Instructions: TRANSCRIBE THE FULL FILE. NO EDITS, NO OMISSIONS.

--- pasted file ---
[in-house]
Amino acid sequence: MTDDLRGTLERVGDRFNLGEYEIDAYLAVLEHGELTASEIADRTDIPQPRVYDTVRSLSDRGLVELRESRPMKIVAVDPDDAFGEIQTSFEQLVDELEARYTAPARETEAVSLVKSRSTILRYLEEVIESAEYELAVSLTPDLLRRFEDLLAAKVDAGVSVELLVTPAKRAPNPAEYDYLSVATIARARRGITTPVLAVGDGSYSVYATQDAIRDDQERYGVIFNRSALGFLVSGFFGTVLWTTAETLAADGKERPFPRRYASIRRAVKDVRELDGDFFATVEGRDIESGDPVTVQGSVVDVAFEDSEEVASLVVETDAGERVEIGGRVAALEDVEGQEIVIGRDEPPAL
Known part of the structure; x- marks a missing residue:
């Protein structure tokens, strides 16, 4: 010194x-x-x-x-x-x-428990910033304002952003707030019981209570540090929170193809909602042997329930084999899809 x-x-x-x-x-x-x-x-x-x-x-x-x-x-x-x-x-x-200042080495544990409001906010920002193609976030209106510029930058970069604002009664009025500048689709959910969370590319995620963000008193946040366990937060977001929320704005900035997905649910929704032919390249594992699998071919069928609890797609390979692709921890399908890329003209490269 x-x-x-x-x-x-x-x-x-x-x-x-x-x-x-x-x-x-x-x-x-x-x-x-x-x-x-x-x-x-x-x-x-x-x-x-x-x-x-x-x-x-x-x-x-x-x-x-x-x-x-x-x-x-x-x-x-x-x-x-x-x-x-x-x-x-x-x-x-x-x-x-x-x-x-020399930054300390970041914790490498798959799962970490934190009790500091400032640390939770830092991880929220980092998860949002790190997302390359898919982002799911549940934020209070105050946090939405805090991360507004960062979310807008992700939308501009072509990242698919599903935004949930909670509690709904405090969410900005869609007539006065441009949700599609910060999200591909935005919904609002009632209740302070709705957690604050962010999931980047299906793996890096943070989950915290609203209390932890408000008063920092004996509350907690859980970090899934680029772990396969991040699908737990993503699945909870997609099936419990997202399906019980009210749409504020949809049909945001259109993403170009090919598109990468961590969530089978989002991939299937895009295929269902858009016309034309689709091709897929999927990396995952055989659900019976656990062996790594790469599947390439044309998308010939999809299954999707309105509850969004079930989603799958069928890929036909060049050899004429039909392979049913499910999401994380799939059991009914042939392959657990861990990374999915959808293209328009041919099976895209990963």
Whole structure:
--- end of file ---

[in-house]
Amino acid sequence: MTDDLRGTLERVGDRFNLGEYEIDAYLAVLEHGELTASEIADRTDIPQPRVYDTVRSLSDRGLVELRESRPMKIVAVDPDDAFGEIQTSFEQLVDELEARYTAPARETEAVSLVKSRSTILRYLEEVIESAEYELAVSLTPDLLRRFEDLLAAKVDAGVSVELLVTPAKRAPNPAEYDYLSVATIARARRGITTPVLAVGDGSYSVYATQDAIRDDQERYGVIFNRSALGFLVSGFFGTVLWTTAETLAADGKERPFPRRYASIRRAVKDVRELDGDFFATVEGRDIESGDPVTVQGSVVDVAFEDSEEVASLVVETDAGERVEIGGRVAALEDVEGQEIVIGRDEPPAL
Known part of the structure; x- marks a missing residue:
């Protein structure tokens, strides 16, 4: 010194x-x-x-x-x-x-428990910033304002952003707030019981209570540090929170193809909602042997329930084999899809 x-x-x-x-x-x-x-x-x-x-x-x-x-x-x-x-x-x-200042080495544990409001906010920002193609976030209106510029930058970069604002009664009025500048689709959910969370590319995620963000008193946040366990937060977001929320704005900035997905649910929704032919390249594992699998071919069928609890797609390979692709921890399908890329003209490269 x-x-x-x-x-x-x-x-x-x-x-x-x-x-x-x-x-x-x-x-x-x-x-x-x-x-x-x-x-x-x-x-x-x-x-x-x-x-x-x-x-x-x-x-x-x-x-x-x-x-x-x-x-x-x-x-x-x-x-x-x-x-x-x-x-x-x-x-x-x-x-x-x-x-x-020399930054300390970041914790490498798959799962970490934190009790500091400032640390939770830092991880929220980092998860949002790190997302390359898919982002799911549940934020209070105050946090939405805090991360507004960062979310807008992700939308501009072509990242698919599903935004949930909670509690709904405090969410900005869609007539006065441009949700599609910060999200591909935005919904609002009632209740302070709705957690604050962010999931980047299906793996890096943070989950915290609203209390932890408000008063920092004996509350907690859980970090899934680029772990396969991040699908737990993503699945909870997609099936419990997202399906019980009210749409504020949809049909945001259109993403170009090919598109990468961590969530089978989002991939299937895009295929269902858009016309034309689709091709897929999927990396995952055989659900019976656990062996790594790469599947390439044309998308010939999809299954999707309105509850969004079930989603799958069928890929036909060049050899004429039909392979049913499910999401994380799939059991009914042939392959657990861990990374999915959808293209328009041919099976895209990963």
Whole structure: